Rabbi Avi Weinstein

The Metaphysics of Compassion

In Uncategorized on February 1, 2010 at 2:36 pm

The Maharal of Prague seems not to be a fan of the temporal and material.  He opens Netivot Olam with very profound essays on the nature of Torah. Torah is synonymous with the supernal intellect. It has no beginning or end, and when one connects with Torah, he is connected to the Divine, and is transformed from the material to the ethereal.  The practitioner of Torah, the Talmid Chacham or one should say a real Talmid Chacham, is one who is of the world but not in it.  He observes others, he is aware of them, but he is not influenced by them.  He is in another place even when he is of this one.

The Maharal even uses mitzvot as an example of temporal activities that cannot compare with Torah study because they are so immersed with worldly activity.  One might assume that acts of lovingkindness would suffer the same fate, but one would be wrong.

The Maharal makes the case for the classic combination of Torah study combined with acts of lovingkindness.  He first defines an act of lovingkindness as going beyond what the law requires, the purpose of which is to benefit someone else at the expense of your time.  It is a non-material act because the performer does not consider himself when s/he is helping another.  The basest behavior is that which only benefits one’s self, and has no impact on others.  The highest behavior is the opposite, where self is the least consideration.  The Maharal says that such behavior actually accomplishes something that Torah study can’t. It purifies the body through the purity of the action.  Moreover, and more importantly, it is the only value where we can perfectly emulate God’s behavior.  We are not capable of emulating God when it comes to justice, because with the best intentions we are prone to error.  We are entirely capable, however, of performing perfect acts of lovingkindness, and so, therefore, acts of compassion are certainly the most Godly.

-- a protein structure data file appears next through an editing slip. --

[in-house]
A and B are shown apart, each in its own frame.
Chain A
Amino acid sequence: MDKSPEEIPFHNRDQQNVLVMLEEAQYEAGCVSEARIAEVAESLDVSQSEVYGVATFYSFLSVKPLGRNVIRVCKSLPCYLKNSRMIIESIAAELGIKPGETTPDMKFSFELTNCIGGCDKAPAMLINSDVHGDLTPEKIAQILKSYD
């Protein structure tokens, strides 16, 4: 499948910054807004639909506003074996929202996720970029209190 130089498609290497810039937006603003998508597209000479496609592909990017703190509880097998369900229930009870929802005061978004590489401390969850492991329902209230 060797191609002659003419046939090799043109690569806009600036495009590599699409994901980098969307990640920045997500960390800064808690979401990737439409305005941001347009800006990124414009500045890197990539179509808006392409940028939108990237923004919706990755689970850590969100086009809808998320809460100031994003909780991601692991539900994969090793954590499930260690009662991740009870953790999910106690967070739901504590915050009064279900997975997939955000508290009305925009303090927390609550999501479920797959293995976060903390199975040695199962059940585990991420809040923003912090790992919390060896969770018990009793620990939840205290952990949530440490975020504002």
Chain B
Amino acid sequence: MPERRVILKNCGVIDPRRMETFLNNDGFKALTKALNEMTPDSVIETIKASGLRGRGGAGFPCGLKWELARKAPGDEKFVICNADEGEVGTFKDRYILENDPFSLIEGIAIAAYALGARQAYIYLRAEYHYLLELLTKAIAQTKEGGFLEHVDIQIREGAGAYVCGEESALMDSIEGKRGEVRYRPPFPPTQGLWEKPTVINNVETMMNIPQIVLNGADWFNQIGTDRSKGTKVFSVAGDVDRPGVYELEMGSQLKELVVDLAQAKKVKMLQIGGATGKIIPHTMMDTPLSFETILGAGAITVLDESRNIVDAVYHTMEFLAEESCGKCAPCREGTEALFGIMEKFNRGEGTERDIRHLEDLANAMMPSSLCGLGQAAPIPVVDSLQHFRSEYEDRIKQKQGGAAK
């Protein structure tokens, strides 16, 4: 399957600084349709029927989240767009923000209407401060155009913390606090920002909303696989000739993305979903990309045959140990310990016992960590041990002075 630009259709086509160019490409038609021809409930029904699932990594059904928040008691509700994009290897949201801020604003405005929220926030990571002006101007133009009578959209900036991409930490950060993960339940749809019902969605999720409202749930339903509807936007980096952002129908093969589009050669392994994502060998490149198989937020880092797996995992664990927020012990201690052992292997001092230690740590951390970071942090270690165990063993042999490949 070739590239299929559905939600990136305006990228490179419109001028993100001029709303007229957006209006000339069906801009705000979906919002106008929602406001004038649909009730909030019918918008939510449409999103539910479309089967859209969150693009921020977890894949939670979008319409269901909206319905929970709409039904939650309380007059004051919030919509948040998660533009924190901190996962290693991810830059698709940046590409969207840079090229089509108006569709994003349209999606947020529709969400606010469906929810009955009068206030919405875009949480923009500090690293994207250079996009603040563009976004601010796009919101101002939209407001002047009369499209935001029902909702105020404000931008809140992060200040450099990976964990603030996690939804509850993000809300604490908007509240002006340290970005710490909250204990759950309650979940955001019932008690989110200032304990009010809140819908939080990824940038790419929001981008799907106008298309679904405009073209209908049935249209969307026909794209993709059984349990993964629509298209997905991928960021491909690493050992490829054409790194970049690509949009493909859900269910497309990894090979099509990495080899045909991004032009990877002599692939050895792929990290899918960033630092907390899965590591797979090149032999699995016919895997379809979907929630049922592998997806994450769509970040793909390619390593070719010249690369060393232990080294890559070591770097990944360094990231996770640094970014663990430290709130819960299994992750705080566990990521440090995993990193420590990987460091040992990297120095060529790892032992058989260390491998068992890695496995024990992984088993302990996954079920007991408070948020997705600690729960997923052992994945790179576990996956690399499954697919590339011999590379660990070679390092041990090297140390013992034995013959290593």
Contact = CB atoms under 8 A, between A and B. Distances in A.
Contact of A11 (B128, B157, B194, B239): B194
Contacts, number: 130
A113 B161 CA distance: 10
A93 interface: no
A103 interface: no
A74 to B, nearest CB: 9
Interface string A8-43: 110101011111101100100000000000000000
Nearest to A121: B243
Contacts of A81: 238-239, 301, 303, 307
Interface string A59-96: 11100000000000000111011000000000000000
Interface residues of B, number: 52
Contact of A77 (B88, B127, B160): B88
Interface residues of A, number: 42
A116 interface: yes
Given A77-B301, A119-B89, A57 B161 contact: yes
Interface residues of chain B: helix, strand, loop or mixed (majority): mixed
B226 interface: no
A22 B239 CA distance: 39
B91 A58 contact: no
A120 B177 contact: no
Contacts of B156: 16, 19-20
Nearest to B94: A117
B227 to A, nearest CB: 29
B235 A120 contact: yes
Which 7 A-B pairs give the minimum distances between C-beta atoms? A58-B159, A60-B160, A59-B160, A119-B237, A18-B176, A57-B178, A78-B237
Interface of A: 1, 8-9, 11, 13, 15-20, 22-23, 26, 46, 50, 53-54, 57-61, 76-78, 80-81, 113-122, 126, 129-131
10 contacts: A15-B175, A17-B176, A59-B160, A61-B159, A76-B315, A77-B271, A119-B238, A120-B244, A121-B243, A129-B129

“And after the Lord your God you should walk.” (Deuteronomy 13:4)  Is it possible to cleave to God? Doesn’t it say, “Behold, I”m a consuming fire!” Rather it means that we should cleave to His example! Just as He clothed the naked, so should we…  Just as He visited the sick, so should we… (Sota 14a)

The Maharal has pointed out something extraordinary when he quotes this Talmudic passage.  He says that the quality of compassion is unique in that a human being is capable of doing it as perfectly as God would.  Everything else we try is but a shadow, a pale reflection of Divine activity. This is why it is comparable to Torah study because we are not only imitating the Divine, we are actually acting Divinely in the way that He would.  Torah study, according to the Maharal allows us to leave the world for a Divine reality.  Acts of compassion have Divine impact on the material world and through them, the individual is transformed Divinely.

I really think that’s cool! We learn the Maharal on Tuesday’s with webyeshiva.org.

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  1. A very nice summary of last shiur. Thanks.

    Tehila Leah

  2. That IS cool. Too many of us would try and impose our own justice on others and call it God’s. This kind of self righteous severity is a drug within many religious traditions. The Maharal has identified the antidote.

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